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The Medicare Modernization Act: One step forward or two steps back? Allen R. Nissenson MD Professor of Medicine Director, Dialysis Program David Geffen.

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Presentation on theme: "The Medicare Modernization Act: One step forward or two steps back? Allen R. Nissenson MD Professor of Medicine Director, Dialysis Program David Geffen."— Presentation transcript:

1 The Medicare Modernization Act: One step forward or two steps back? Allen R. Nissenson MD Professor of Medicine Director, Dialysis Program David Geffen School of Medicine at UCLA Los Angeles, CA Thomas Golper MD Professor of Medicine Vanderbilt University Medical Center Medical Director Medical Specialties Patient Care Center Nashville, TN

2 The Medicare Modernization Act The Medicare Modernization Act (MMA) -- an act mainly known for its payment for medications for Medicare beneficiaries -- was passed at the end of It affects the pricing and reimbursement of drugs in both hospitals and dialysis facilities. Thomas Golper MD

3 Dialysis units and injectable drugs Historically, dialysis facilities have a major fraction of their treatment margins come from injectable drugs (erythropoietic substances, iron supplements, vitamin D analogs, carnitine). With the MMA they will be reimbursed at a much lower rate for these drugs. The dialysis unit now gets paid a composite rate covering the actual treatment for each patient and a separate payment for injectable drugs. Thomas Golper MD Allen Nissenson MD

4 Can dialysis units survive financially only on the composite rate? Dialysis units survive on: –Non-Medicare payers who are charged higher fees. –Profits from injectable drugs. With this change on payment of injectable drugs, facilities with a large number in noncommercial patients will struggle. –Especially in underserved areas, rural areas, inner cities where few have insurance … Will affect access to care for patients. Allen Nissenson MD

5 Cutting costs There are currently no rigid rules at the national level regarding dialysis unit staff. “Amputations” –As revenue shrinks, the unit first cuts social workers, then dieticians, nurses, and patient care technicians. Two thirds of the cost in a unit relates to staff; the remaining third covers supplies and equipment. –Cutting costs for either staff (fewer staff, hiring those with less training) or supplies (reuse of dialyzers, prolonged use of outdated equipment) is not desirable. Thomas Golper MD Allen Nissenson MD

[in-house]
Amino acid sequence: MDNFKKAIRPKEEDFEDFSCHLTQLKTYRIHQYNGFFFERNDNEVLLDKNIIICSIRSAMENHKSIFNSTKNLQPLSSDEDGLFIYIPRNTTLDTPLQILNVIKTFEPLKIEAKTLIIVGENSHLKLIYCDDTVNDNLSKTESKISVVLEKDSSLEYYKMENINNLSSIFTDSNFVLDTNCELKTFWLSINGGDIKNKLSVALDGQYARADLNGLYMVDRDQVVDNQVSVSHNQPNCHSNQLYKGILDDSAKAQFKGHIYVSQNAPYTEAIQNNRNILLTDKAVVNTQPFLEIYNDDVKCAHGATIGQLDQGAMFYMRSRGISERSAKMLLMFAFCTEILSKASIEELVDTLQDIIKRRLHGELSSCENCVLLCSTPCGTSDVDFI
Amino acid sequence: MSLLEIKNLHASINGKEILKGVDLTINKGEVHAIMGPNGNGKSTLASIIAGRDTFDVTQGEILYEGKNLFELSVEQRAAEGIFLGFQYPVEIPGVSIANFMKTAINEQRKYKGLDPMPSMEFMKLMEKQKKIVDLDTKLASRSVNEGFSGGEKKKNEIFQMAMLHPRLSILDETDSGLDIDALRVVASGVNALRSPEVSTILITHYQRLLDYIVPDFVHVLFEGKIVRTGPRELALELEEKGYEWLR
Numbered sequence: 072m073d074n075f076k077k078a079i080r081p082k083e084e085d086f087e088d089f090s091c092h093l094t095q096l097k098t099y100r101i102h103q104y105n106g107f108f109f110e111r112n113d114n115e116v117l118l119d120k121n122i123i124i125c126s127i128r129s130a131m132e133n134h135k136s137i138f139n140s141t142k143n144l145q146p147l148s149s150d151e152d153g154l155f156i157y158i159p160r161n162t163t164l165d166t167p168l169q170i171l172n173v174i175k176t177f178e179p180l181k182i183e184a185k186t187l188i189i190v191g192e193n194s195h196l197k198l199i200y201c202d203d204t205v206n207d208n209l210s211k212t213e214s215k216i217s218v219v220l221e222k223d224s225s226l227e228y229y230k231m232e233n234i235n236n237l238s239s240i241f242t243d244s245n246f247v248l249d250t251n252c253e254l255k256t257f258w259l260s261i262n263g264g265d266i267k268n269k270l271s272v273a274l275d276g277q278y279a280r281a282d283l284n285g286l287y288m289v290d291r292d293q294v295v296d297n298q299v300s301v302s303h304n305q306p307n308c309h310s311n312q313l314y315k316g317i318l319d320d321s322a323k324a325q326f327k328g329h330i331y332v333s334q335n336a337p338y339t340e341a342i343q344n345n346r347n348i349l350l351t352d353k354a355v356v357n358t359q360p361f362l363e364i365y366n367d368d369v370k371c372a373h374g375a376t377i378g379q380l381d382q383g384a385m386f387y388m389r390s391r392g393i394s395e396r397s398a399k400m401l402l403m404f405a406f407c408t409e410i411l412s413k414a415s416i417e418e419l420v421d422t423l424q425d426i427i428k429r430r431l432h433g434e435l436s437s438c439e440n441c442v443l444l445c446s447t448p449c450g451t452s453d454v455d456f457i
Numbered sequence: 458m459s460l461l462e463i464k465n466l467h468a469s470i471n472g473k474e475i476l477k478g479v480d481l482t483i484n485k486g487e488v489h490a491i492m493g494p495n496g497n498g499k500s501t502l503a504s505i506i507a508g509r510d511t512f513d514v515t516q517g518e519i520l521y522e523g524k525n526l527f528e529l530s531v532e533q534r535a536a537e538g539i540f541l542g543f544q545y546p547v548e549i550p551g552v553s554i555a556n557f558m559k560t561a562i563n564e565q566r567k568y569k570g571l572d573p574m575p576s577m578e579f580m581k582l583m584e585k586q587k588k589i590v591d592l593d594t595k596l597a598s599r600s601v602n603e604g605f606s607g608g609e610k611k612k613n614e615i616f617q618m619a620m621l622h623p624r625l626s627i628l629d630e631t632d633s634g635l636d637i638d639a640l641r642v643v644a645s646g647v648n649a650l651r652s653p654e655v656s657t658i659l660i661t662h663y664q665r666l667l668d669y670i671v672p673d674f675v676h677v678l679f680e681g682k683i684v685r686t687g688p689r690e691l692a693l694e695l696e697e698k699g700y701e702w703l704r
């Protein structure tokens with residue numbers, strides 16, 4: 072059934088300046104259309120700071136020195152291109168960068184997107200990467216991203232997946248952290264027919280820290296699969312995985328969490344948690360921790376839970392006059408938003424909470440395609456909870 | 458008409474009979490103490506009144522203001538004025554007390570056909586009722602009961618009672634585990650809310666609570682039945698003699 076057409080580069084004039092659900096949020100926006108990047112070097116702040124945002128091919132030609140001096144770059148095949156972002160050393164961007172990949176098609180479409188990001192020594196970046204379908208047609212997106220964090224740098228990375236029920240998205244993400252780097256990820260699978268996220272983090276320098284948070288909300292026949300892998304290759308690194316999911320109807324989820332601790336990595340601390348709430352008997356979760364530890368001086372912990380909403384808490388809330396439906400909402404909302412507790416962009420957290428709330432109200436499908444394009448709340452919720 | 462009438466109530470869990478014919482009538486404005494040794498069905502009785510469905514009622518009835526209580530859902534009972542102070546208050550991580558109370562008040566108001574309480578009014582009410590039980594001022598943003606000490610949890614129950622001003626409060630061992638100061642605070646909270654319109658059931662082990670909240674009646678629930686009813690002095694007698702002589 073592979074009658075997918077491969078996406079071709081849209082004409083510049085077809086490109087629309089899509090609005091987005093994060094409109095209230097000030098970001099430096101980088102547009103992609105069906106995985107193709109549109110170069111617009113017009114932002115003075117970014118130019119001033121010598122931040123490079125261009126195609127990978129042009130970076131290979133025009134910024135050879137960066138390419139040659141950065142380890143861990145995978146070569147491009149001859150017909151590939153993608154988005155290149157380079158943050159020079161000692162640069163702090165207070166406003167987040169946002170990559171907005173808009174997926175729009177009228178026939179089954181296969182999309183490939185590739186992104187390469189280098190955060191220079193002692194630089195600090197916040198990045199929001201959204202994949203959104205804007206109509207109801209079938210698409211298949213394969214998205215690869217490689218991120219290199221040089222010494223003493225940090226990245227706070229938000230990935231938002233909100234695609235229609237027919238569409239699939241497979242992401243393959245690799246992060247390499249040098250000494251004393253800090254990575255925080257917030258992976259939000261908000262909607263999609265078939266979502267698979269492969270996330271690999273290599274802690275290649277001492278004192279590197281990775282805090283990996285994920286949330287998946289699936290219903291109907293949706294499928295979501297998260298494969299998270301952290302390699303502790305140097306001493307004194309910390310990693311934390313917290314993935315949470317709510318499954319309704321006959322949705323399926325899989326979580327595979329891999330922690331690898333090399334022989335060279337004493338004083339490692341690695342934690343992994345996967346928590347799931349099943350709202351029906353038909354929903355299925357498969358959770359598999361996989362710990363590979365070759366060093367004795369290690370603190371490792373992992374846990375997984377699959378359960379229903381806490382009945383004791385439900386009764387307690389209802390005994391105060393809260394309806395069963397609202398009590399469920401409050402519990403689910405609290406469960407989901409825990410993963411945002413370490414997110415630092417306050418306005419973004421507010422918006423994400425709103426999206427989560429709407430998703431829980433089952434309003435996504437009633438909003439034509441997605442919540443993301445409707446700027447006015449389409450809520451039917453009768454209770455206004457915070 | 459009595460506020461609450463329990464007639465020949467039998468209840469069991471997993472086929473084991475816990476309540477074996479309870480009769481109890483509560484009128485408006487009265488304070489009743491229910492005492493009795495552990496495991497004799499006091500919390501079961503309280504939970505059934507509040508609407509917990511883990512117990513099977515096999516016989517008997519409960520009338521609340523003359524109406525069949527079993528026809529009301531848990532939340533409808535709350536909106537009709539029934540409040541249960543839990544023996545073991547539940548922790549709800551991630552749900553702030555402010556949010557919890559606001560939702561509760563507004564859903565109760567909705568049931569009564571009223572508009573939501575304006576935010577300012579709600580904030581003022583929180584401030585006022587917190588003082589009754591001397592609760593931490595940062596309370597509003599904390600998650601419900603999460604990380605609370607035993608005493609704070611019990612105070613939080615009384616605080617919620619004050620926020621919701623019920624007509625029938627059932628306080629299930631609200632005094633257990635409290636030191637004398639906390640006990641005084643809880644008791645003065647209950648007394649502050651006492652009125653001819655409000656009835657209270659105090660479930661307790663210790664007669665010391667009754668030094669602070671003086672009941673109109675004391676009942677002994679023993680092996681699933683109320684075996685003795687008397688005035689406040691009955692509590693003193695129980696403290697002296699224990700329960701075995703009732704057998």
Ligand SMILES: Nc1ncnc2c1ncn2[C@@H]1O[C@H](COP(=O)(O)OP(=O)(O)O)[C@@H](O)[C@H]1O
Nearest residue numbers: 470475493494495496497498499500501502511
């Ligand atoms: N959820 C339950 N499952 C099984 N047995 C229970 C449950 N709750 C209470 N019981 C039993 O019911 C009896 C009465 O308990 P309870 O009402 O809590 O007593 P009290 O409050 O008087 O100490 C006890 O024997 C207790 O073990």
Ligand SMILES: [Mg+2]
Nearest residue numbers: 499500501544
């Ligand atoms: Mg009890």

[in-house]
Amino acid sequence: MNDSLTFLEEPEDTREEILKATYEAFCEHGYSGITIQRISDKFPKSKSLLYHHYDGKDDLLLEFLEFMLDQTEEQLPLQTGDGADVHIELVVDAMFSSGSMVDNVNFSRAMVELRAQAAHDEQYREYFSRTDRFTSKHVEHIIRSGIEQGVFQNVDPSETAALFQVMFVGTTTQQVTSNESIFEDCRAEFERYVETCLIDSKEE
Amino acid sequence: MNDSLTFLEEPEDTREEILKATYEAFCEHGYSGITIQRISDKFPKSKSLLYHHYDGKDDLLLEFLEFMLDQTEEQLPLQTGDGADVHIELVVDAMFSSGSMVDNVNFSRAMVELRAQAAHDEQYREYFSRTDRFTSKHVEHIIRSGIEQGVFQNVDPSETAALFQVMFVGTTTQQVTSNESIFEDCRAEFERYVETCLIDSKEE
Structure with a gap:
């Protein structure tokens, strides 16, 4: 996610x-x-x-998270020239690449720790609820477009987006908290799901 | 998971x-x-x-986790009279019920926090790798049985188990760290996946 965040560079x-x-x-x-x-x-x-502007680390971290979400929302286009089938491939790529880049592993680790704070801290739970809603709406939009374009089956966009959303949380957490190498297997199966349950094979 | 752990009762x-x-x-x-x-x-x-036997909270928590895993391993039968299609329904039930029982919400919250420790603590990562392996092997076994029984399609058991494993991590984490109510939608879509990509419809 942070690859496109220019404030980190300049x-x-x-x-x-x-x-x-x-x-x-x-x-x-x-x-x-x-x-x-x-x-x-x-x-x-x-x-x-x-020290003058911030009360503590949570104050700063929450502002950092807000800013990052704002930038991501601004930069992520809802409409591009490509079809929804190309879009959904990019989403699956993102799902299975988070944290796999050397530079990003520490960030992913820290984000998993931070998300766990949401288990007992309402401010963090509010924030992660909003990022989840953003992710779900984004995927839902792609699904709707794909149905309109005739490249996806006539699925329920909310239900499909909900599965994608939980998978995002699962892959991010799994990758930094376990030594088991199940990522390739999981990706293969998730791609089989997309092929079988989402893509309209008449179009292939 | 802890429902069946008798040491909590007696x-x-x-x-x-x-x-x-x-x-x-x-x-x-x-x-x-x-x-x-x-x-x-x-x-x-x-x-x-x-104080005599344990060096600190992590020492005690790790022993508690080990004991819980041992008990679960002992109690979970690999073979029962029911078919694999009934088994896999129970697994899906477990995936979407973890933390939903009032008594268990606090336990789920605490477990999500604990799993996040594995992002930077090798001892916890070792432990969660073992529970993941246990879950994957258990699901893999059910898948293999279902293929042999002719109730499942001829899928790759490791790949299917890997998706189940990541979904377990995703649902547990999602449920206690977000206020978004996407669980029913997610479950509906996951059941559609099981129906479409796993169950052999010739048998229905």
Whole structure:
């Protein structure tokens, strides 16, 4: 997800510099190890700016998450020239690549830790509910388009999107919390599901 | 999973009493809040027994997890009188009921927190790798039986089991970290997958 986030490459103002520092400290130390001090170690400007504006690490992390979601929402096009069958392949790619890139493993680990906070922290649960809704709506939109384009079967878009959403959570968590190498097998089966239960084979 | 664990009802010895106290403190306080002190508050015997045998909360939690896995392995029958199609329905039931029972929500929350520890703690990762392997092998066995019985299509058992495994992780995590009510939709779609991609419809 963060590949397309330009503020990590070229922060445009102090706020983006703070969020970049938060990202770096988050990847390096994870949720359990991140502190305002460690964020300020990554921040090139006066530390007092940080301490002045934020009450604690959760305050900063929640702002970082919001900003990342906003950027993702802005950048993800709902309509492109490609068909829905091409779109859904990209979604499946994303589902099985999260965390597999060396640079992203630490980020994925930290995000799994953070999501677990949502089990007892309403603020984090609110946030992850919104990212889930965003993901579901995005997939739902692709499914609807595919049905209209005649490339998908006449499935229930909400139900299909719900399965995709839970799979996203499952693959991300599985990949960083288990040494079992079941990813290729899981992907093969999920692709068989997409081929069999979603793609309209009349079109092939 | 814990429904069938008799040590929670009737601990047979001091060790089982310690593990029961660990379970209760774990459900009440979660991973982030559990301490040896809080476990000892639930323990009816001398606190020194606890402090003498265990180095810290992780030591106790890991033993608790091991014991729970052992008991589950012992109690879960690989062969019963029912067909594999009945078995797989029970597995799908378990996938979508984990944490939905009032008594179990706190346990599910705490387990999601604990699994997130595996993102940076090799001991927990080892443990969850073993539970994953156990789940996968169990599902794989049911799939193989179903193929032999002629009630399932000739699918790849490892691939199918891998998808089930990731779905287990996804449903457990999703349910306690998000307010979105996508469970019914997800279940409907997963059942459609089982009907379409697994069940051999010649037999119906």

6 Impact of case-mixed adjustment on the composite rate payment Some patients cost more to dialyze. The current strategy balances out expensive vs less-expensive patients within a unit. Case-mixed adjustment or differential payment: higher payment for those whose dialysis is more expensive and vice versa. Must first determine the most expensive patients to dialyze. Thomas Golper MD Allen Nissenson MD

7 Drawbacks of case-mixed adjustment Should balance out for large units with a broad distribution of patients, but smaller units will likely experience a detrimental effect: –Particularly in units with a large number of patients in the mid-range of cost The major drawback is our ability to identify the patient characteristics that really influence cost. Thomas Golper MD Allen Nissenson MD

8 One very rigorous analysis was done by a very credible group on behalf of CMS. Drawback: the study relied on Medicare cost reports, which are: –required by Medicare, and –have a number of constraints built in which don’t really reflect the actual costs but rather reflect rigid Medicare rules The analysis was based on “flawed data.” A study for case-mixed adjustment Allen Nissenson MD

9 What about big corporations? Impact on large units is neutral -- some corporations run hundreds or thousands of units each: –eg, Frenesius and DaVita/Gambro It will all equal itself out and not create any adverse effects: –Their small units may lose a huge amount of money and larger ones will win some. –They will need to redistribute funds within the company, which is very difficult. Allen Nissenson MD

10 Was it the right decision? We have urged CMS to reconsider and to re-examine the methodology and go back to the basics: –What are we trying to accomplish? –How can that best be accomplished? This will need to be monitored very closely and modified if the adverse effects we suspect actually do occur. Allen Nissenson MD

11 Was it the right decision? (cont.) Theoretically the methodology is sound, but practically speaking there are problems: –Fiscal intermediaries who received the demographic data didn't know how to handle it. –Some payments were held up this year simply because the bill was too confusing. We had urged CMS to conduct a pilot project, a demonstration project that CMS chose not to do. Thomas Golper MD

12 One step forward or two steps back? The old payment system had its flaws but all facilities adapted to it over 20 years, then CMS changed the system overnight. This kind of change may work in industry sectors but not in healthcare. CMS must be reminded that, when dealing with very sick patients, abrupt changes in reimbursement can have devastating short- term effects on patient outcomes. Changes in payment systems should be proven to bring about better patient care before being implemented on a large scale. Allen Nissenson MD


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